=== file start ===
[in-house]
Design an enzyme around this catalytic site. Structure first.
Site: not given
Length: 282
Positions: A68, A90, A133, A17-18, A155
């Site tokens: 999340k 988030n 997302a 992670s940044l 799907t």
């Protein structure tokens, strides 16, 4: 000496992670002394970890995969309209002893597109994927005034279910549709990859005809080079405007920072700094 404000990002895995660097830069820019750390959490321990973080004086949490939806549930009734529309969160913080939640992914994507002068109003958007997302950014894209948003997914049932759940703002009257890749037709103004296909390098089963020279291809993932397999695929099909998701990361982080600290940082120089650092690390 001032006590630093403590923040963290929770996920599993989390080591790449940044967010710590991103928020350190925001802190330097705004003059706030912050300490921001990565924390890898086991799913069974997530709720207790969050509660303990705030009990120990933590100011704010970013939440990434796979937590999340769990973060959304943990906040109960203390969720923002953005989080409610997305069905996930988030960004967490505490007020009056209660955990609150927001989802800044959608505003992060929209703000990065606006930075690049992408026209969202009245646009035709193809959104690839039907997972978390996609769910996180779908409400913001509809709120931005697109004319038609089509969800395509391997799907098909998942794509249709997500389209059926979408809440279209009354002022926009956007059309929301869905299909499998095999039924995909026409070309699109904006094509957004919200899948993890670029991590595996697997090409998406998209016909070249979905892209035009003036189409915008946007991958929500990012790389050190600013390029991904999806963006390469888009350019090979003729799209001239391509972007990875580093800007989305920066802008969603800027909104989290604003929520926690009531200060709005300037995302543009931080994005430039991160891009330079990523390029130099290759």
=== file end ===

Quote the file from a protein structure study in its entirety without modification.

[in-house]
Design an enzyme around this catalytic site. Structure first.
Site: not given
Length: 282
Positions: A68, A90, A133, A17-18, A155
């Site tokens: 999340k 988030n 997302a 992670s940044l 799907t």
């Protein structure tokens, strides 16, 4: 000496992670002394970890995969309209002893597109994927005034279910549709990859005809080079405007920072700094 404000990002895995660097830069820019750390959490321990973080004086949490939806549930009734529309969160913080939640992914994507002068109003958007997302950014894209948003997914049932759940703002009257890749037709103004296909390098089963020279291809993932397999695929099909998701990361982080600290940082120089650092690390 001032006590630093403590923040963290929770996920599993989390080591790449940044967010710590991103928020350190925001802190330097705004003059706030912050300490921001990565924390890898086991799913069974997530709720207790969050509660303990705030009990120990933590100011704010970013939440990434796979937590999340769990973060959304943990906040109960203390969720923002953005989080409610997305069905996930988030960004967490505490007020009056209660955990609150927001989802800044959608505003992060929209703000990065606006930075690049992408026209969202009245646009035709193809959104690839039907997972978390996609769910996180779908409400913001509809709120931005697109004319038609089509969800395509391997799907098909998942794509249709997500389209059926979408809440279209009354002022926009956007059309929301869905299909499998095999039924995909026409070309699109904006094509957004919200899948993890670029991590595996697997090409998406998209016909070249979905892209035009003036189409915008946007991958929500990012790389050190600013390029991904999806963006390469888009350019090979003729799209001239391509972007990875580093800007989305920066802008969603800027909104989290604003929520926690009531200060709005300037995302543009931080994005430039991160891009330079990523390029130099290759």